Legal forces are now massing in the vexed split in New Zealand canoeing - with the battle surrounding axed coaches and Olympic heroes, Paul MacDonald and Ian Ferguson, likely to head to court.
Alan Thompson, like Ferguson and MacDonald a much-decorated Olympic medallist who resigned from the board of Canoe Racing New Zealand in support of the axed coaches, says legal papers could be served on CRNZ this week. One concerns selection issues; the other an employment action.
Ferguson and MacDonald have not had their contracts renewed by CRNZ and spoke out earlier this month against what they considered was a slow campaign to oust the pair by CRNZ's Sparc-appointed executive. On one side of the divide is Ferguson, MacDonald and Thompson; on the other CEO Paula Kearns, high performance manager Wayne Maher and new coach Gordon Walker.
In the backdrop is the Ben Fouhy saga. He had a highly public spat with Ferguson, leading Fouhy to walk away from the sport before striking a deal with Sparc and CRNZ to compete at the world championships this year - but only after training apart from Ferguson and MacDonald and the rest of the canoeing team.
"We are asking to go to arbitration on the selection policy [the Ben Fouhy principle; he has been permitted to go to Europe next year without racing in trials]," said Thompson.
"If they don't engage with us then we will most likely take the matter to the Sports Disputes Tribunal - and our advice is that we can win hands down."
Fouhy may not be the only paddler to be accorded the advantage of that selection policy. Thompson said he had heard there were moves for Erin Taylor to do the same thing.
"We just do not believe that is fair; it's not sport," said Thompson. "There are other paddlers there who deserve the chance to contest those spots and they are not getting it. There's paddlers like Lisa Carrington, who is pretty much top dog right now."
MacDonald declined to speak about a possible employment action that might be taken against CRNZ but Thompson said legal advice again indicated that MacDonald had a firm case.
"I'd say that we have a canoeing body that doesn't know much about kayaking, it doesn't know much about selection and now it seems they don't know much about employment law either.
"Macka's options could be to get his job back or compensation or possibly both."
Meanwhile, Thompson said he, Ferguson and MacDonald knew that CRNZ had been trying to pressure paddlers into putting into writing reasons why they did not want to be coached by Ferguson and/or MacDonald - even if that was not true.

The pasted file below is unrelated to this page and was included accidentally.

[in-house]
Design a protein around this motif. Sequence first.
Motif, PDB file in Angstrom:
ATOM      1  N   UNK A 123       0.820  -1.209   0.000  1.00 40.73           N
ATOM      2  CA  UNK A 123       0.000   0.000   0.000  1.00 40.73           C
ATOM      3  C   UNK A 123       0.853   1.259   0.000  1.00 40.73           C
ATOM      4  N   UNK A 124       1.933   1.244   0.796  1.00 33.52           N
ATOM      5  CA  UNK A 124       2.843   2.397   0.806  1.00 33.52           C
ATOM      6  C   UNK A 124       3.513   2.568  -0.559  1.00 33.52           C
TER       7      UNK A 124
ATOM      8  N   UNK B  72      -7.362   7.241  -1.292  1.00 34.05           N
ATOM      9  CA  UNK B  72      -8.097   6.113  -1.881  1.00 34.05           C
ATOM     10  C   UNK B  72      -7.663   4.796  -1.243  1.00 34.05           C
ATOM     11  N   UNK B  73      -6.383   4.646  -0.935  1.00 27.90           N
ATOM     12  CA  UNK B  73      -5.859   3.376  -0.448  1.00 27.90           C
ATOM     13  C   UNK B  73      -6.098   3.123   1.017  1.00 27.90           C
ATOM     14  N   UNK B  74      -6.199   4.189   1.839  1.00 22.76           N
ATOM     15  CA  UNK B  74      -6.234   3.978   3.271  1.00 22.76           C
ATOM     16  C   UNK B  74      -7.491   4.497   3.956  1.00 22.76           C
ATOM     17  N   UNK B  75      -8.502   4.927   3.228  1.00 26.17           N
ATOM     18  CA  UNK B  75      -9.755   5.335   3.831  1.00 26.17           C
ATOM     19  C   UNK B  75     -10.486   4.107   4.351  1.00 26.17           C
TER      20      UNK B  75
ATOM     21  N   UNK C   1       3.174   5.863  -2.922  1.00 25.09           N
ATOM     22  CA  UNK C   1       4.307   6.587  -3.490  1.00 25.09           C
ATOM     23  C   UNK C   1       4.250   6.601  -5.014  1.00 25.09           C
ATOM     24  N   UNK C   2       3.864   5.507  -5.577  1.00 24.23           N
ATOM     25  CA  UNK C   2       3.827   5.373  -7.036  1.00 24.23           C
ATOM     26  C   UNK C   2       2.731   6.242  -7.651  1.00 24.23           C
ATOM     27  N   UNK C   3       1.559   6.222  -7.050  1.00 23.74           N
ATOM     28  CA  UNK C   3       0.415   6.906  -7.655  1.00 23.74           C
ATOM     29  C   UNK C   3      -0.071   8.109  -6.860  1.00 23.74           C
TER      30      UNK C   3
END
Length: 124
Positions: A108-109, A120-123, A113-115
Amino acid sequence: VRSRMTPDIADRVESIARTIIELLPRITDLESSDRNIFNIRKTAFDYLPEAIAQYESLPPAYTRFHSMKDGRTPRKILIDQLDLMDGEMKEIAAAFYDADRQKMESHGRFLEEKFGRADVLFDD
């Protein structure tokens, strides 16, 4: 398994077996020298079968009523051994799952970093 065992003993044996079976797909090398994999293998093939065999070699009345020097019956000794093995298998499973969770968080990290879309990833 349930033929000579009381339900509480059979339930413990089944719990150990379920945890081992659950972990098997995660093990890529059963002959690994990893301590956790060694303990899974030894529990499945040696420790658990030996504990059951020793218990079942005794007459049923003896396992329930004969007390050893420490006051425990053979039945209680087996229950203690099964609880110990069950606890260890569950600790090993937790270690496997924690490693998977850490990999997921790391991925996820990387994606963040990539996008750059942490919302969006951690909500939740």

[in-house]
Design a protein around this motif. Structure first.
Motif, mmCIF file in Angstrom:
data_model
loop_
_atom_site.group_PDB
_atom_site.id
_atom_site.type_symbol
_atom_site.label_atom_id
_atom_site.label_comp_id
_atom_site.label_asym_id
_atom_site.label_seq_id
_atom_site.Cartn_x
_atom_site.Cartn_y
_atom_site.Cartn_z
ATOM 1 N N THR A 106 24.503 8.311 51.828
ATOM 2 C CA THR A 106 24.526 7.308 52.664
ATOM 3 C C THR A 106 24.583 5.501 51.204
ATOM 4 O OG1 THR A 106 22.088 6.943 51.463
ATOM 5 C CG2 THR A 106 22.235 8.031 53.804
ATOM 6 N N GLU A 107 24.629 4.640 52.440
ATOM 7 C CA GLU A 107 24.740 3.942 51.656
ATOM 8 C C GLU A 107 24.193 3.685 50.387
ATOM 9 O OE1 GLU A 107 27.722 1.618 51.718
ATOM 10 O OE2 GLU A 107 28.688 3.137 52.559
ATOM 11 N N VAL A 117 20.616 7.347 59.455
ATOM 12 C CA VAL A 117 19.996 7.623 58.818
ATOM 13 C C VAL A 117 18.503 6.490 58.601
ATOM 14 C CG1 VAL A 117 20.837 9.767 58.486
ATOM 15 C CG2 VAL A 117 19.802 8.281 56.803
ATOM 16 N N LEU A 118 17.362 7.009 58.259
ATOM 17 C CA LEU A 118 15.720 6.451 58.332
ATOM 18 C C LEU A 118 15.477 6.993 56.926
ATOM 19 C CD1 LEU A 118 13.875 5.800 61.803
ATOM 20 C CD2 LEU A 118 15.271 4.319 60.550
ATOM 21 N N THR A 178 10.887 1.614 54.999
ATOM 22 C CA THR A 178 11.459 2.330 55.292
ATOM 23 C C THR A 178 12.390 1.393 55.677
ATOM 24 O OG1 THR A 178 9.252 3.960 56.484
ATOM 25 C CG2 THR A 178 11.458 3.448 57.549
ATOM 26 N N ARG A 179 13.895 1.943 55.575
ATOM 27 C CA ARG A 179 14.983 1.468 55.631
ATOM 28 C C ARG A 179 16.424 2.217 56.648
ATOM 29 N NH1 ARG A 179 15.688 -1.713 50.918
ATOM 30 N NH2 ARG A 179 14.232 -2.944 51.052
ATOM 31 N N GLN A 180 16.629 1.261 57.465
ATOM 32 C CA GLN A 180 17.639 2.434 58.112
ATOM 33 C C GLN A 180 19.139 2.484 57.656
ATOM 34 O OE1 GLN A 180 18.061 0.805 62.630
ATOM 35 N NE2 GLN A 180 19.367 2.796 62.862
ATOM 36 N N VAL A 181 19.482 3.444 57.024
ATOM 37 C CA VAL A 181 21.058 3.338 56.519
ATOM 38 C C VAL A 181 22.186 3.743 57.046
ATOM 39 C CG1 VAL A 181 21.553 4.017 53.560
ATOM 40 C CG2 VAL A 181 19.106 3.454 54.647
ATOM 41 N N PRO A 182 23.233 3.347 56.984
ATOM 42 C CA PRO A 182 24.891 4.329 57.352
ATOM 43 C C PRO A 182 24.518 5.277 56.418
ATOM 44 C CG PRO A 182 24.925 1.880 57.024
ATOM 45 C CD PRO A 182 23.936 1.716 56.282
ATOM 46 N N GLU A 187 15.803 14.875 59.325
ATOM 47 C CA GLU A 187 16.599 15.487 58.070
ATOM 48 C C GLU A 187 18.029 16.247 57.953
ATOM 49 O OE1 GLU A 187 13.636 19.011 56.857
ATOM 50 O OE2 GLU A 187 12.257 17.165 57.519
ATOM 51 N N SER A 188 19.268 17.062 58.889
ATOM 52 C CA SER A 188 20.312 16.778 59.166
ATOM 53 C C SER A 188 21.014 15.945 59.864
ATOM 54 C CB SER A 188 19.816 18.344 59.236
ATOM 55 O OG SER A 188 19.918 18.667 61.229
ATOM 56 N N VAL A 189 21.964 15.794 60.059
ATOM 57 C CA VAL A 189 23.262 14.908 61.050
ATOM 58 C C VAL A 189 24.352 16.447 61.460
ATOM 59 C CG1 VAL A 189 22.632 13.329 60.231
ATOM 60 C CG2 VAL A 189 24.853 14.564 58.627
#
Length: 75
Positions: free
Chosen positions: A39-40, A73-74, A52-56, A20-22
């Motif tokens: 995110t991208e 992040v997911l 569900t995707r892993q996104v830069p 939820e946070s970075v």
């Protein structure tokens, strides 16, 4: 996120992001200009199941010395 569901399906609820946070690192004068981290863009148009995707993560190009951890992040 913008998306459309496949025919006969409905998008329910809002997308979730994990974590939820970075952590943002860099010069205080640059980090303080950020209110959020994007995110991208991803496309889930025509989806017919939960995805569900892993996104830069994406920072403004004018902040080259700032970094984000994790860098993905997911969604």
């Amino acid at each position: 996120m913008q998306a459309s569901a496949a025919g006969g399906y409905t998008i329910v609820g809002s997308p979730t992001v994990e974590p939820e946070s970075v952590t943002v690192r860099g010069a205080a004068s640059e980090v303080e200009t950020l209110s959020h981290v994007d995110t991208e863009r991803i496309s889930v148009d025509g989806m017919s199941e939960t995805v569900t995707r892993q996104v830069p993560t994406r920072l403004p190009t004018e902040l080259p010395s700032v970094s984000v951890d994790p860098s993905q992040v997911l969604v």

"I am not sure how many of them have signed up but we are not worrying too much about that because it has been discredited, really.
"We have heard they are subtly putting the pressure on by mentioning funding and hinting it might be withdrawn if the athletes don't sign - but never actually making the direct threat."
The Herald on Sunday on October 10 ran a copy of an email from CRNZ high performance manager Wayne Maher which stated in part: "Can you please write something to the effect of: Why you no longer want to be coached by Ian and/or Paul and/or Andras - reasons etc. What you are prepared to work with in the short-term - e.g. We are in behind the HP [high performance programme] ... Plus anything else you think - maybe send it around as a chain letter and get everyone to contribute their bit?"
Thompson said: "Whatever the athletes say was gained under that kind of duress. We don't want to play that kind of game by placing the athletes in the middle.
"We have all been careful not to play those kind of cards - because it doesn't do the athletes or the sport any good.
"At the end of the day, that's our concern. We all think the sport could be committing suicide with the way it is heading and that it could all be over after the next Olympics. We want to stop that from happening."
The Herald on Sunday has received confirmation from parents and friends of national paddlers who also say that subtle, but significant, pressure has been applied to the athletes to get them to back CRNZ against Ferguson and MacDonald.
No one wants to go on the record because they fear that speaking up would affect their athlete's chance of funding and/or advancement.
"That's what we are hearing," said Thompson. "No one is prepared to say anything against anything because they are worried the spotlight will go on them as well."By Paul Lewis Email Paul